For more information about Origins, owned by Estee Lauder, call (800) 674-4467 or visit www.origins.com.
Compared to the makeup offered by almost all of the other Estee Lauderowned lines, Origins falls short by virtue of including ingredients that align with its marketing image of offering natural ingredients that have the blessing of Mother Nature regardless of the risks they pose for skin. As omnipotent as Mom may be, this force of nature is a disaster waiting to happen. A secondary reason Origins isn't competing as well with its sister companies is that for many products (particularly the lipsticks, blush, and cleverly named but non-essential specialty products) the technology isn't as advanced. That lack of technological creativity combined with significant amounts of hostile essential oils will help you understand why we recommend exploring similar, but superior (and irritant-free), options from any of the other Lauder companies from Clinique to M.A.C.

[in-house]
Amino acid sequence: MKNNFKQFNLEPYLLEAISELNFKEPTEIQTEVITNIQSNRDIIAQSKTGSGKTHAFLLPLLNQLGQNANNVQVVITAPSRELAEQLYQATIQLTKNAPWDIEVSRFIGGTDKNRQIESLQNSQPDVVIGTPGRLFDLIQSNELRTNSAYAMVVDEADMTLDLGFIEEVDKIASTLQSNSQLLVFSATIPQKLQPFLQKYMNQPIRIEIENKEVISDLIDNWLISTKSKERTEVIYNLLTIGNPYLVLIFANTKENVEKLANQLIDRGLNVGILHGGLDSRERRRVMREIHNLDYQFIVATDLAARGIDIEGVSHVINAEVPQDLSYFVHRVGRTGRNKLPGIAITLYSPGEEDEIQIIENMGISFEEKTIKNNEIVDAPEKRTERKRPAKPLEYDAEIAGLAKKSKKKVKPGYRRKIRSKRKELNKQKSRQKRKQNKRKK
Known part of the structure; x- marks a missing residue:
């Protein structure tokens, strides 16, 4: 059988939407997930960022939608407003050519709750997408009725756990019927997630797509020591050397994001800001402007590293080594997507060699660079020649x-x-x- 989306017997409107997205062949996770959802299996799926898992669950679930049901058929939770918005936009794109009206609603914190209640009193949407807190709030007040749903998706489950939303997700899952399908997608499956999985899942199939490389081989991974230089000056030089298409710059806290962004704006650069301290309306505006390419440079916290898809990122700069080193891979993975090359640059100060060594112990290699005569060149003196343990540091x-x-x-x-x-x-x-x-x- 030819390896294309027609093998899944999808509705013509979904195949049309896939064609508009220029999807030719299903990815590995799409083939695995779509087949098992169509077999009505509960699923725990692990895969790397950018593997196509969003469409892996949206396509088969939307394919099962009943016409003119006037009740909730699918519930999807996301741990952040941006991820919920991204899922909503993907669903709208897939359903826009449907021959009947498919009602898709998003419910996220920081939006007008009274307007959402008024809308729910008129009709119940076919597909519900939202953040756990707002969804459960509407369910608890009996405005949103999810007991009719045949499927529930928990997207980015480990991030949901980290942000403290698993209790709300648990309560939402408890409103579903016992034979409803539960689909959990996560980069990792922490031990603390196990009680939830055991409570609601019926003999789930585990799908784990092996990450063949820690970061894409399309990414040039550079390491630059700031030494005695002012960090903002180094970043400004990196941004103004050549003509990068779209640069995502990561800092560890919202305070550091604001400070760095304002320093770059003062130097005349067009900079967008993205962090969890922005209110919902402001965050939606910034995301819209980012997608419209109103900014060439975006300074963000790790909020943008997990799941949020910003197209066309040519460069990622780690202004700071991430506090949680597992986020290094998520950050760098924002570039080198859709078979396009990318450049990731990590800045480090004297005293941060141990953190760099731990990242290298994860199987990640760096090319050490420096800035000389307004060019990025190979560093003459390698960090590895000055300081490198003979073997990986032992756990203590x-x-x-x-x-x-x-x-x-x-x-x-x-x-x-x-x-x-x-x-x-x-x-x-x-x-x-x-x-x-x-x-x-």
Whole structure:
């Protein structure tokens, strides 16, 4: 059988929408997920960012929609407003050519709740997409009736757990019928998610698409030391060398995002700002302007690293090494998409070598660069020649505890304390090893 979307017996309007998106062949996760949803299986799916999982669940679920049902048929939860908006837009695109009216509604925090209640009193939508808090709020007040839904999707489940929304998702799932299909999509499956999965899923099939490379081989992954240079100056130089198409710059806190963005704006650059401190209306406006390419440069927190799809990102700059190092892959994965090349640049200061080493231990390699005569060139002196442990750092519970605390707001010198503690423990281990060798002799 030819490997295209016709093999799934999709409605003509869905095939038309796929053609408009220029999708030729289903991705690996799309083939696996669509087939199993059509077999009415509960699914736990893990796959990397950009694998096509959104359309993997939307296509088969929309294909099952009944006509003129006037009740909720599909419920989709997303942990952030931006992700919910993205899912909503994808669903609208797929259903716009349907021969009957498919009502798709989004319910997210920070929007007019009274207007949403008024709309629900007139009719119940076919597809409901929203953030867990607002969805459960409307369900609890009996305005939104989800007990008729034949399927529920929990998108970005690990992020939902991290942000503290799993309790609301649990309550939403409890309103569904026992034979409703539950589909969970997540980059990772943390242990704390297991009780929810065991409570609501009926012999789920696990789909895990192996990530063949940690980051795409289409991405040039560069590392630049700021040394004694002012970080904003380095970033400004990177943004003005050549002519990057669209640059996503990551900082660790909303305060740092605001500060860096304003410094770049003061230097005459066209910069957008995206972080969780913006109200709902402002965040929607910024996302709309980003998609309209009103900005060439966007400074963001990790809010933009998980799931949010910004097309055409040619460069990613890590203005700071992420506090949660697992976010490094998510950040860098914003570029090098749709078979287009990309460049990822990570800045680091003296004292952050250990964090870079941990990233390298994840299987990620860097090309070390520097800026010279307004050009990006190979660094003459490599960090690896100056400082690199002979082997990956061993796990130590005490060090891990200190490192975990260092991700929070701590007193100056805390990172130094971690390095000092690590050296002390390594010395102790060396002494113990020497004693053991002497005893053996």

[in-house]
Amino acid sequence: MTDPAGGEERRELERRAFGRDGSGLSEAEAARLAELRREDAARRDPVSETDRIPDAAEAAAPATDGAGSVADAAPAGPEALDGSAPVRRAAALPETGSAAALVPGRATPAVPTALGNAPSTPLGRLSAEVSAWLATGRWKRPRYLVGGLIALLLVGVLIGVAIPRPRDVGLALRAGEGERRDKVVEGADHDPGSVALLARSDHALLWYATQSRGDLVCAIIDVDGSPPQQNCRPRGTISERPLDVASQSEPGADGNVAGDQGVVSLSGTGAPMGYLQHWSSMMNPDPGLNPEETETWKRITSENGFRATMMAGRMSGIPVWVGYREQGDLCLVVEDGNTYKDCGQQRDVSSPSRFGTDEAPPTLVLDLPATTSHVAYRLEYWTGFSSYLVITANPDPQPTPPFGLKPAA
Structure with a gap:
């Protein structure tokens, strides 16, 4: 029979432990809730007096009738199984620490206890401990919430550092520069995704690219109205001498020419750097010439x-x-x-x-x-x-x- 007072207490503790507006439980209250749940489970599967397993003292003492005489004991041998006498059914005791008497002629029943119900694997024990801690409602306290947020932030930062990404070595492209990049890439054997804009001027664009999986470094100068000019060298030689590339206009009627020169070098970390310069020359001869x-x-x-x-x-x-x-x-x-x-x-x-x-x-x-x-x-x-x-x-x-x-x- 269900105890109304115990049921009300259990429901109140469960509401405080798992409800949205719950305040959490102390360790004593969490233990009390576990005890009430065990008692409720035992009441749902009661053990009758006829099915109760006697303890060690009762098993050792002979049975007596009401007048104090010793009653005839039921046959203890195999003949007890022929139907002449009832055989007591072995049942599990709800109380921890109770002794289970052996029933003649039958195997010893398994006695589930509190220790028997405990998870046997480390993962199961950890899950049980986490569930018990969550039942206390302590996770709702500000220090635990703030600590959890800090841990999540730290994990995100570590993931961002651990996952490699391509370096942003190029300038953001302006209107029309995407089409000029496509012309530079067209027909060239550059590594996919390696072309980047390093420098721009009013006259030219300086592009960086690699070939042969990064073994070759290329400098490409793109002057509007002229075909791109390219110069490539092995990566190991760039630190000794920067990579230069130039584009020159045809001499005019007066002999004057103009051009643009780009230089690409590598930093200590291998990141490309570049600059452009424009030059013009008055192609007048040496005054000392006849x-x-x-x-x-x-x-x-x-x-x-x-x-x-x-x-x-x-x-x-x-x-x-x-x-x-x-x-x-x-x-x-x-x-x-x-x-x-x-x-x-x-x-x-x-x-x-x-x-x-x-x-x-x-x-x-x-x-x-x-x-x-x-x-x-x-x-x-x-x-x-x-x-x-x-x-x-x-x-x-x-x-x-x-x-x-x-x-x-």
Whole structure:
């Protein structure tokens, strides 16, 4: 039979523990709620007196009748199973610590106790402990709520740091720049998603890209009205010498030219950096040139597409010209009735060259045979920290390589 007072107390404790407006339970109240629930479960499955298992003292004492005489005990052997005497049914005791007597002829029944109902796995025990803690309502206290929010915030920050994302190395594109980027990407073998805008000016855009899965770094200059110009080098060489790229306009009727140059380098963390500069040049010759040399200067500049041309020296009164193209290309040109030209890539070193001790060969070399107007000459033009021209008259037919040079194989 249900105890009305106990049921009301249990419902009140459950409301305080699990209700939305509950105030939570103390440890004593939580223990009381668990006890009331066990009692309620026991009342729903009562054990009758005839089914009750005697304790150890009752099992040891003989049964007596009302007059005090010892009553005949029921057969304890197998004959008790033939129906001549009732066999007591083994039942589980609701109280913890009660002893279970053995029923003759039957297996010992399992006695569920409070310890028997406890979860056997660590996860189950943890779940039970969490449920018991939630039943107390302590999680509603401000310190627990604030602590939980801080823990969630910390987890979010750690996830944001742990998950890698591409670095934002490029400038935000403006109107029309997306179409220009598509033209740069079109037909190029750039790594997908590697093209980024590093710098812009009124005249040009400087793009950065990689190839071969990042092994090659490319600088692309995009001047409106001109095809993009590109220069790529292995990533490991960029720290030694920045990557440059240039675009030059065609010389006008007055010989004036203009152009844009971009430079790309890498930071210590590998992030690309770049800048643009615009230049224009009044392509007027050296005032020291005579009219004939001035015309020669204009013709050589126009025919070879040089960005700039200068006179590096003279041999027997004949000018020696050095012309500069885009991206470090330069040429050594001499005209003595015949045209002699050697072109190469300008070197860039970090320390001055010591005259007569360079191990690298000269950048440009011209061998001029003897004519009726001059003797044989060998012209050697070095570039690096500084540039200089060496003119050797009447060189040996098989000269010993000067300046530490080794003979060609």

If you're prone to being swayed by the promises of natural products (though Origins is not any more natural than many other lines, it just uses the most problematic plant extracts possible), there are a few outstanding gems to unearth here, and at prices that aren't unrealistic. Additionally, Origins' latest tester units, especially in their freestanding stores, are accessible and user-friendly. They include pull-out counters for added space and feature large mirrors. Combine this with a low-key yet helpful sales staff and knowing what to zero in on and you'll find shopping the best of Origins is a pleasure.
About the Experts
The Beautypedia team consists of skin care and makeup experts personally trained by the original Cosmetics Cop and best-selling beauty author, Paula Begoun. We’re fascinated by skin care and makeup products and thrilled when they meet or exceed our expectations, but we’re also disappointed when they fail to perform as claimed, are wildly overpriced, or contain ingredients scientific research has proven can hurt skin.
Our mission has always been to help you find the best products for your skin, no matter your budget or preferences. Beautypedia’s thorough and insightful reviews cut through the hype and provide reliable recommendations for all ages, skin types, and skin tones.